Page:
In India, digital signature became legally valid in October after the IT Act 2000 was passed. And then it was time to get a system in place. This led to the birth of The Controller of Certification Authorities of India (CCAI), a government body that will be the watchdog for the business of digital signatures in the country. However, CCAI will not directly evaluate those willing to become Certification authorities (CAs). The CCAI will appoint auditors on whose recommendations the licenses would be issued. The CCAI has now finally made the move to appoint Certification Authorities (CAs). As a first the step CCAI will start accepting application from those willing to become CAs from the 4th of April 2001.
A panel of more than a dozen of corporates has been finalized as auditors to audit facilities of those desiring to become certifying authorities. The list of auditors includes the major audit and consulting firms in India like Ernst & Young, Price Waterhouse Coopers, Arthur Andersen. These companies with their expertise in the area of organizational audit would be at an advantage to audit organizational processes. The others appointed as auditors also include technology majors like Wipro, Tata Infotech, TCS and Mahindra BT. The edge these companies have is the understanding of technology. Therefore, the systems audit can be expected to be the playing field for these technology companies.
However, in the sensitive matters like audit for CA license, the creditability of the auditor and the global experience is going to be a very critical criterion, which will help the auditors clinch deals. Tata Infotech has been one of the very few Indian companies that has had an eye on the securities market for quite sometime now. However, the expectations of the company regarding the market are very realistic and they expect the markets to grow gradually.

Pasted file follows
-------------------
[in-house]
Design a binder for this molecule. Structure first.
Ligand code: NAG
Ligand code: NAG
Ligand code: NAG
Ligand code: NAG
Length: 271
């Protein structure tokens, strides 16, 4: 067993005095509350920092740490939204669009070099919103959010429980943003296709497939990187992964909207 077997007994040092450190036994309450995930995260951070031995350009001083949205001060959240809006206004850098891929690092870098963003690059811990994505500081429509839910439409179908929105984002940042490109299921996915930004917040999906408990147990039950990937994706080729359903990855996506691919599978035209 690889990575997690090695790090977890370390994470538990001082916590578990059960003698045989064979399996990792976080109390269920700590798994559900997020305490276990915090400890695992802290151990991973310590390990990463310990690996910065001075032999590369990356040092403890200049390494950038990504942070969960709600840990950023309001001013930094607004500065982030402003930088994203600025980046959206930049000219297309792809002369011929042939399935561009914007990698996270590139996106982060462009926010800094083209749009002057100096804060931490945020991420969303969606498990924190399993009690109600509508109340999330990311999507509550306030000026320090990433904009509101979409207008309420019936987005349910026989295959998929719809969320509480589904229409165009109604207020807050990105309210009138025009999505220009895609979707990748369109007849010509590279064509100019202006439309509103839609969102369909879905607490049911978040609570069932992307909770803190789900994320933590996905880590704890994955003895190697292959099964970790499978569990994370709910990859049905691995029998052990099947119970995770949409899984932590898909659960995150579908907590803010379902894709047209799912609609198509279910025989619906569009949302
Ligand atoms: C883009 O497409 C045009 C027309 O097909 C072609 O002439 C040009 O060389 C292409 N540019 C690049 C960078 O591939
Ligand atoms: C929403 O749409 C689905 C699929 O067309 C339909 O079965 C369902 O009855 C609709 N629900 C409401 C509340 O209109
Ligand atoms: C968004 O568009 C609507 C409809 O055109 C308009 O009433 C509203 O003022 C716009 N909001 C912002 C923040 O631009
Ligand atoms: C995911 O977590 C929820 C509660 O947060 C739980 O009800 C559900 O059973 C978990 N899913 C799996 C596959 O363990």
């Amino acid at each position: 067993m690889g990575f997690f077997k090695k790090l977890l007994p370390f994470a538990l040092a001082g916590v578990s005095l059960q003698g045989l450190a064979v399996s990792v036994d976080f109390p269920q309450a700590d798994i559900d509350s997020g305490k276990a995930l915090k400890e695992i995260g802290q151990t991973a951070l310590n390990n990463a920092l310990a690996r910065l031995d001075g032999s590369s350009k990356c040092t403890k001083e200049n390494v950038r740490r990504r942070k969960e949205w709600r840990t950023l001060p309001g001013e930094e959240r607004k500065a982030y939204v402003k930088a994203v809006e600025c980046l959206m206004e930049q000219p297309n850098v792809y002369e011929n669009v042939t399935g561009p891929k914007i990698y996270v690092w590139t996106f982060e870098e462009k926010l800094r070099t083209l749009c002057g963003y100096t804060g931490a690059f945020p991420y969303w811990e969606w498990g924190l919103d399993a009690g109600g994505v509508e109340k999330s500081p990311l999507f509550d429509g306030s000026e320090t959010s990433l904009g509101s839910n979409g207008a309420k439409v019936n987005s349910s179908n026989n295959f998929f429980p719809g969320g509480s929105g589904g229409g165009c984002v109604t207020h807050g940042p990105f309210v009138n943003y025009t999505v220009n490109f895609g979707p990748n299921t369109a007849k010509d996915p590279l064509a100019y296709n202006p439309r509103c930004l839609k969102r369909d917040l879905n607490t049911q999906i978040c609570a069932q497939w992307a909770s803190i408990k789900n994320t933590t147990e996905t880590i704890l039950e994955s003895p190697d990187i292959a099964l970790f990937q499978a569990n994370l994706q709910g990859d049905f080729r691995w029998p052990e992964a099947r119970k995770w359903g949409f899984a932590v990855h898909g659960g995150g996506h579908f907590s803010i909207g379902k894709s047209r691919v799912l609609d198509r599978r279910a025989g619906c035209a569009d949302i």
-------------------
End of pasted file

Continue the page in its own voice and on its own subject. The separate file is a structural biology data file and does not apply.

The pace of e-commerce in India depends on the pace of the development of Infrastructure. According to a survey by a consulting firm the biggest impediment to the development in e-commerce was not the lack of security (contrary to the popular misconception) but the lack of systems being in place. Needless to say as e-commerce transactions begin to grow in volumes, security will become the primary concern. But right now the imperative is to get started.
The Indian e-security solutions and services market is expected to be worth Rs 4.6 bn in 2000 and is expected to grow 10 times over the next two years. Though the projections are quite optimistic the demand for e-security is a function of the growth in e-commerce in the country. What is interesting is the fact that the share of IT spend that e-security gets in India is just 0.8% compared to the global figures of 5.5%. This could be due to the fact that the companies in India have not suffered major losses to be able to appreciate the necessity of greater spending for e-security.
However, the government too needs to get its act together. The CCAI’s office is being put into place and the strength of the office is being increased with three new deputy controllers. The new deputy controllers will handle three different specializations, which include technology, intelligence and finance/ legal. The first meeting of the auditors with the CCAI will take place on the 10th of April 2001 to finalize the procedures for preliminary and main audits of the applicant corporates.
In a move to get things into place swiftly the CCAI has stipulated a four-month time frame for the applicant companies to get their audit completed. If the companies fail to meet the deadline the process of application would have to be started all over again. The licensing of certification authorities is going to be an ongoing process without any last date of filing the applications. The government has decided to keep away from putting a cap on the number of players in the market and wants the market forces to decide. The onus in now on the auditors, appointed by the government, to maintain strict standards of ethics in the certification process.
However, things are not going to zoom from here. There are a few impediments; according to the guidelines a CA may accept up to Rs 25, 000 for issuing a digital certificate. With such a high cost not many, other than a few MNC and large corporates, will be able to have one. Also, there is the critical issue of bandwidth availability for transaction on the net, which is to be resolved though a lot is being done on the front.
Slowly and surely the process to develop infrastructure for e-commerce in India is moving. As the volumes pick up our software companies will not have to look very far for markets. As most of them derive significant proportions of their revenues from e-commerce solutions they will have big business in the country itself.